Desplat’s palette expanded again with the Herrmann-esque music for Ben Affleck’s thriller Argo, which required dramatic and atmospheric menace. His deft and lighter touch is discernible in scores for Clooney’s The Monuments Men and Polanski’s Venus In Furs, while British soundtrack enthusiasts will know the compelling and emotional work he put into Stephen Frears’ Philomena, starring Judi Dench and Steve Coogan. Here his sparse, less-is-more approach paid dividends in a film that captivates. Desplat himself describes that score as one of his toughest to complete, but also one of his most rewarding. Given the dark subject matter surrounding the tale of a 70-year-old woman with a hidden secret, the composer’s ability to add a keynote tone was a triumph. “It’s difficult to imagine how music can relate to that,” Desplat admitted, but he managed it with persistent themes that echo the evolution of the story.
By extreme contrast, Desplat took relish in the blockbuster effects necessary to score Gareth Edwards’ Godzilla (2014). Then came the big one: his work on Wes Anderson’s The Grand Budapest Hotel, another left-field piece, garnered a BAFTA, another Grammy, and his first Oscar.
Nothing he can’t turn his hand to
From here on out, there seemed to be nothing Alexandre Desplat couldn’t turn his hand to. The biographical comedy-drama Florence Foster Jenkins (2016), a glorious romp starring Meryl Streep and Hugh Grant, saw him work with Frears again on a movie that is all about fulfilling a dream. In this instance, Desplat really became a part of the ensemble and that enjoyment is manifest in the listening experience. Plucking more strings from his bow, the score to The Danish Girl (2016) required a more systematic and linear approach. His contributions might be the best thing about that film.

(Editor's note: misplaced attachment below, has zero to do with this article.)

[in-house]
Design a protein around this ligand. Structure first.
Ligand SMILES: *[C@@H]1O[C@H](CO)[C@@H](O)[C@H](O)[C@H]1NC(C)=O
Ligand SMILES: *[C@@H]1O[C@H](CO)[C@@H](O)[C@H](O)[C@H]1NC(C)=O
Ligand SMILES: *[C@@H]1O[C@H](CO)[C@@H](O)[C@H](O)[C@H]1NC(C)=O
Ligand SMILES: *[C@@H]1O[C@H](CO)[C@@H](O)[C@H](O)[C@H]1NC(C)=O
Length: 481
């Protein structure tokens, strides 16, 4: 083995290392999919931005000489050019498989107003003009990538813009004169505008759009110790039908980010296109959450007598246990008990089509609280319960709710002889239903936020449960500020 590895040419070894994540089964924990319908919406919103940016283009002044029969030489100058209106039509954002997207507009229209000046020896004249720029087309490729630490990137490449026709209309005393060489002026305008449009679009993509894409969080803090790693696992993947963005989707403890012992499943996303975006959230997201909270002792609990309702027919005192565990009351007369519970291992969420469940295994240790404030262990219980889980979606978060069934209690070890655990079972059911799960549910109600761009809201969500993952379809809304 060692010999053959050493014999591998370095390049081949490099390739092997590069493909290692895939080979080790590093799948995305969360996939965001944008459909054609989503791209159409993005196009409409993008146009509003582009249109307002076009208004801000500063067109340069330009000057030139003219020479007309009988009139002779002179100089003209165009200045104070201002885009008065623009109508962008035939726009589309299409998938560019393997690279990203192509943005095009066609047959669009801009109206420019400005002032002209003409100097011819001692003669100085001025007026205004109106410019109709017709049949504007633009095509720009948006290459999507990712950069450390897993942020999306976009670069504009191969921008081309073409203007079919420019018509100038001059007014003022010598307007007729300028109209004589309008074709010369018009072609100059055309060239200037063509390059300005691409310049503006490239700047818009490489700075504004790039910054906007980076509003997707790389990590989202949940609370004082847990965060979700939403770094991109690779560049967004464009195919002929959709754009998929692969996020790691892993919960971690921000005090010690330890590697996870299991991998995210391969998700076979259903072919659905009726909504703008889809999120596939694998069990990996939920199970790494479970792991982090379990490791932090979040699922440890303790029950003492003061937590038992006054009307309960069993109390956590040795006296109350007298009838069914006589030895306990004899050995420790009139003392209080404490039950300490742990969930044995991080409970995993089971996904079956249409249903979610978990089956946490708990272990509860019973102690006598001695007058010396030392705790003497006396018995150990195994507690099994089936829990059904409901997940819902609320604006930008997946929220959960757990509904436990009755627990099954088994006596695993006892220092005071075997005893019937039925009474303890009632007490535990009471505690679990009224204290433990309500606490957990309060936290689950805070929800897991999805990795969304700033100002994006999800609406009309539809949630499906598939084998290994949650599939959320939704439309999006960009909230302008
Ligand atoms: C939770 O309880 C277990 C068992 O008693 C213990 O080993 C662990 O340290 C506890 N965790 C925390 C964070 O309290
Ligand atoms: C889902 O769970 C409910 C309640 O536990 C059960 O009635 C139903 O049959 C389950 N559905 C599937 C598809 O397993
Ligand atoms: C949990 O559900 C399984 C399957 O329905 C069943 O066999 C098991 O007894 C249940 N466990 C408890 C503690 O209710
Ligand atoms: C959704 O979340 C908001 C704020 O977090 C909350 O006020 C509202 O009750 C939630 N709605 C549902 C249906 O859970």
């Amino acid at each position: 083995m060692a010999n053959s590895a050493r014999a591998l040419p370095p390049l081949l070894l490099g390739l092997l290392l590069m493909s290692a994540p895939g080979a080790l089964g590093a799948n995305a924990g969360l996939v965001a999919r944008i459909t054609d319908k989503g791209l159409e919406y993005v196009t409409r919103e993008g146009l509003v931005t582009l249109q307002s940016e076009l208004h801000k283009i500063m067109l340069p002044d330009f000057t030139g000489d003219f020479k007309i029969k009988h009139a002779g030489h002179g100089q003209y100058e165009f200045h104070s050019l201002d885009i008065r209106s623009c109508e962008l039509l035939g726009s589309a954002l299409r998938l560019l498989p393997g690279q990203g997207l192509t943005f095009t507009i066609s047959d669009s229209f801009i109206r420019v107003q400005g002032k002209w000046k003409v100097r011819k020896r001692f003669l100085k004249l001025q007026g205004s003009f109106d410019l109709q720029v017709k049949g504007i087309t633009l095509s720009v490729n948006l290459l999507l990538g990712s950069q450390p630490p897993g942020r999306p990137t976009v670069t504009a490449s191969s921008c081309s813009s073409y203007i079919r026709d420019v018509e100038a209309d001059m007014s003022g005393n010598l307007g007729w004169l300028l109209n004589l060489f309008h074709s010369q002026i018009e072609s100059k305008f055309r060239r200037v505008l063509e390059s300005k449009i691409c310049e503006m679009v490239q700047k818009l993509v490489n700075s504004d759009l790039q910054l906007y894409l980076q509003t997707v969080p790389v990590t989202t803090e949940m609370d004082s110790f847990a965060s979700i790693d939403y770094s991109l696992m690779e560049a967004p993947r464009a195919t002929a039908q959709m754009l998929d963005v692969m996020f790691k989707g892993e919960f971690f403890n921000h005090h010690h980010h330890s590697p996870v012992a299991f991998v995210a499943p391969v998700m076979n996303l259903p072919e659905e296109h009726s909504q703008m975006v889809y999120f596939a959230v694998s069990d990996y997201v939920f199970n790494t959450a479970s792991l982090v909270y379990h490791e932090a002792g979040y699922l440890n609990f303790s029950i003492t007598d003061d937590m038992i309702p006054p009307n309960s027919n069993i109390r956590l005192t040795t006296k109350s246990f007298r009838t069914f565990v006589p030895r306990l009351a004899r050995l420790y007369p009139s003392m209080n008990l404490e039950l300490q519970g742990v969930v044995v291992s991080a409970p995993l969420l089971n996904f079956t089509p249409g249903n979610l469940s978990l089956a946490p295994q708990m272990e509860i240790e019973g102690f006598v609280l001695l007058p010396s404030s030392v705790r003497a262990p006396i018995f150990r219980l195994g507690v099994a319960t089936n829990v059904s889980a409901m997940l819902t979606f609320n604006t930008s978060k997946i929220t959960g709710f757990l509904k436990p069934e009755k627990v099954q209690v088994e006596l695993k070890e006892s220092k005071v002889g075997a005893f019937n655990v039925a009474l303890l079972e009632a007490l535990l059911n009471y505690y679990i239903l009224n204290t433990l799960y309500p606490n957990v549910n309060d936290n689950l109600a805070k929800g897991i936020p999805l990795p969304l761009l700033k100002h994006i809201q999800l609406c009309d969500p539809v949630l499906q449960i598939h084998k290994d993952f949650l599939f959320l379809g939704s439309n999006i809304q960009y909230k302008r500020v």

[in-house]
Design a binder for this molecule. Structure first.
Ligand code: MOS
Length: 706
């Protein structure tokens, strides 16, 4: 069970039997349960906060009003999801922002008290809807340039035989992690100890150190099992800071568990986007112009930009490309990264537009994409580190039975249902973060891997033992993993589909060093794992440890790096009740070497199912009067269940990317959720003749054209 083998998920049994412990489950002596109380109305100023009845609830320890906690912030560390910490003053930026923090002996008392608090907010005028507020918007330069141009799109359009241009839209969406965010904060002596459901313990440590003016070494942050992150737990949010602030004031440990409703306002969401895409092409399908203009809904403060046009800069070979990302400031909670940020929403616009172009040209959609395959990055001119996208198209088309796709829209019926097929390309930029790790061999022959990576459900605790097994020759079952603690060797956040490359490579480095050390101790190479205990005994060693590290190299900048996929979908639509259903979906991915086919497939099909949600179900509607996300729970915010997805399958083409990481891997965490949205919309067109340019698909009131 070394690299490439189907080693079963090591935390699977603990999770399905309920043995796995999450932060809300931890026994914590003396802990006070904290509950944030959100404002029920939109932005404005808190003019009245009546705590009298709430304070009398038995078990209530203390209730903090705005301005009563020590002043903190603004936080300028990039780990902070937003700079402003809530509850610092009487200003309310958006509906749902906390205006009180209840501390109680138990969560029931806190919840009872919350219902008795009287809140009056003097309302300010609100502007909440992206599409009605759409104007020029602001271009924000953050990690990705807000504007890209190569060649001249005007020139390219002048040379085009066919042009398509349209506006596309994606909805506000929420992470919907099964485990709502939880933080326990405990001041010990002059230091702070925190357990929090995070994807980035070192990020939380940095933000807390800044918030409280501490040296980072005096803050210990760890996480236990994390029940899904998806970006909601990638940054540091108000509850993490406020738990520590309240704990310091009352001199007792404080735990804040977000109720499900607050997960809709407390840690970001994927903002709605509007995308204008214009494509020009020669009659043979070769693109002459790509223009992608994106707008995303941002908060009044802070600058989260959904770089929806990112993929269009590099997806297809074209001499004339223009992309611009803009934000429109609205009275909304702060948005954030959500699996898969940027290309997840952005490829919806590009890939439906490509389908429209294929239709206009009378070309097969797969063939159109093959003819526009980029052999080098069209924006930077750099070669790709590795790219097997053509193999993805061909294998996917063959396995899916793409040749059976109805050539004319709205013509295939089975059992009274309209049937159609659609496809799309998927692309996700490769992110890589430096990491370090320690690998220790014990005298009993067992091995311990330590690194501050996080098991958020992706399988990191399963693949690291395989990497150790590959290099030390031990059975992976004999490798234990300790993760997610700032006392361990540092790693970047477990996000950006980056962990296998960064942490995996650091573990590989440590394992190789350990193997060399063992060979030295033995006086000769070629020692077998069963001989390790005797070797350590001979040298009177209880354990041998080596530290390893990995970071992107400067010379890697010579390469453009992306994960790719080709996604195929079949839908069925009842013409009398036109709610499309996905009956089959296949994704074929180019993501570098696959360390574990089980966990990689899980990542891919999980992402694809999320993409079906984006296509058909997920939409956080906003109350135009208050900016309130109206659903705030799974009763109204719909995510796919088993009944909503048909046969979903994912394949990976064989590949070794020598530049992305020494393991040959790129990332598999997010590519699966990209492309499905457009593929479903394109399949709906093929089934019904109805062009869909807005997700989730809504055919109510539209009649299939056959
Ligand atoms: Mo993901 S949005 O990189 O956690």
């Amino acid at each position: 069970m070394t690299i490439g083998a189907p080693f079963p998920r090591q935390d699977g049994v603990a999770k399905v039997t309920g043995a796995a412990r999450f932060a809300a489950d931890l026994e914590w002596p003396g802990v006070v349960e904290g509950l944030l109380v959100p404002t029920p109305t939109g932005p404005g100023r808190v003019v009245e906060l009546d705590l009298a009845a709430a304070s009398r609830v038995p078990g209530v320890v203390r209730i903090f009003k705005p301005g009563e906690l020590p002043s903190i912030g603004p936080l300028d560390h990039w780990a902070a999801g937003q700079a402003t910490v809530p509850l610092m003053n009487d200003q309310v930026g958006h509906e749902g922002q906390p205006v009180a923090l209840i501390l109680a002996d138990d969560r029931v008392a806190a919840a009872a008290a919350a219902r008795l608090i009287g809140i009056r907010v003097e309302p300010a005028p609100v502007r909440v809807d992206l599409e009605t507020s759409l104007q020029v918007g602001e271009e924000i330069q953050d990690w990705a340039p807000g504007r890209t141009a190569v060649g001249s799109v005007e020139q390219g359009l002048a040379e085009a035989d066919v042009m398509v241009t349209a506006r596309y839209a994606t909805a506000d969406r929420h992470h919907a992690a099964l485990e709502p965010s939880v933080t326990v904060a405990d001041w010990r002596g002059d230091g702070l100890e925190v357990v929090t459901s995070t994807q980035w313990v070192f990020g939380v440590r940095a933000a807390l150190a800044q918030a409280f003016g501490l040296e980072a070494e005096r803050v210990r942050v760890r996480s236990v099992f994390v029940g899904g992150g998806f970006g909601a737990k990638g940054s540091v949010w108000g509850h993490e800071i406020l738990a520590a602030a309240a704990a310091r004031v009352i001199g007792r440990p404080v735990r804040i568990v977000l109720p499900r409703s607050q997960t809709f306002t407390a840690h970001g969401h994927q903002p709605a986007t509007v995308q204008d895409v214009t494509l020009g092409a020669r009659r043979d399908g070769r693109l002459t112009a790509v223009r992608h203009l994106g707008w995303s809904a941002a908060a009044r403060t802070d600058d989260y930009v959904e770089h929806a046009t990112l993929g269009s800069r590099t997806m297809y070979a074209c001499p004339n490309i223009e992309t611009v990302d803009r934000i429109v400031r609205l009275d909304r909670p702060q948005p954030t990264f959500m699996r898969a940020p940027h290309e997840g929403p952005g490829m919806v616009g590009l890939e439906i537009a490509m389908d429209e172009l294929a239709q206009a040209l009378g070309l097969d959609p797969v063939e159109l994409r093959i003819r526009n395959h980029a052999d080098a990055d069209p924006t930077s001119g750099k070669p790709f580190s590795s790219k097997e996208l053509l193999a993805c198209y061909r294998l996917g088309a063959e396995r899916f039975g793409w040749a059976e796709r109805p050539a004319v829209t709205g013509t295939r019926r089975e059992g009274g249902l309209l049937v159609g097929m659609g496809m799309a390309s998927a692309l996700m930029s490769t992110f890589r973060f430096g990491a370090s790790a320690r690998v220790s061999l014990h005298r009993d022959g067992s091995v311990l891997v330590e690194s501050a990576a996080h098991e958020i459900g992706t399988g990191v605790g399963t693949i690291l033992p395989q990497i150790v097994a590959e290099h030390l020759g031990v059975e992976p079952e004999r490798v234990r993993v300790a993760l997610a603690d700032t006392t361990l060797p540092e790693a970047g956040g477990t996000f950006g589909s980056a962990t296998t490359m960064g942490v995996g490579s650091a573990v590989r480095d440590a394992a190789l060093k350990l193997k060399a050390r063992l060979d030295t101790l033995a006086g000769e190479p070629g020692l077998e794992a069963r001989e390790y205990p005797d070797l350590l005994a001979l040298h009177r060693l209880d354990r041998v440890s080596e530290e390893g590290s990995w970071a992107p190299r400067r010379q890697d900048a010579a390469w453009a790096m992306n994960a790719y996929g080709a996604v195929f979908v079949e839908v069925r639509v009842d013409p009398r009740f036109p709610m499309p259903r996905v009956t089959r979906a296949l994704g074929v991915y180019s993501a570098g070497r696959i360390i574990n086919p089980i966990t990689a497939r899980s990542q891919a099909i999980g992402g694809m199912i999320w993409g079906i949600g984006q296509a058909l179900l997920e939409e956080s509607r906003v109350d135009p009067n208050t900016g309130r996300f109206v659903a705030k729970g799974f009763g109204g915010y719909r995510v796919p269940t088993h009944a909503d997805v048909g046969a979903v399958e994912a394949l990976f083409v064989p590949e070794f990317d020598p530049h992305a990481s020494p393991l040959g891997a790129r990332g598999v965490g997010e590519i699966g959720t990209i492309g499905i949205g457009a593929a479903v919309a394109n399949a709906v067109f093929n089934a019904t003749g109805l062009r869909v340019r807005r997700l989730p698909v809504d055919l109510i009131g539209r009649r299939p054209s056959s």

Alexandre’s score to Clooney’s Suburbicon (2017) cemented a close working relationship with the actor turned director, and though the movie’s black comedy divided opinion, Alexandre Desplat won justified plaudits for the sophisticated and highly stylized approach he brought to bear in reflecting life behind the picket fence in 50s America. Staying true to the spirit, Desplat’s score here reflects a deep-seated knowledge of Herrmann and Elmer Bernstein, and is particularly recommended among his work.
With 2012’s Rise Of The Guardians, a Dreamworks 3D computer-animated fantasy based on William Joyce’s book series, Desplat struck up a fruitful friendship with Guillermo Del Toro, an executive producer on the movie; that relationship bore full fruit with the score for The Shape Of Water. The central concept of having the viewer/listener floating in water enthralled the composer, who rose to the challenge with a European score that also features accordion, bandoneon, whistling, and South American tango.
In Desplat’s words, “Water takes the shape of everything. It goes through the air, it’s invisible, transparent, but it still has a lot power.” That also goes some way to describing the work of this remarkable Parisian composer.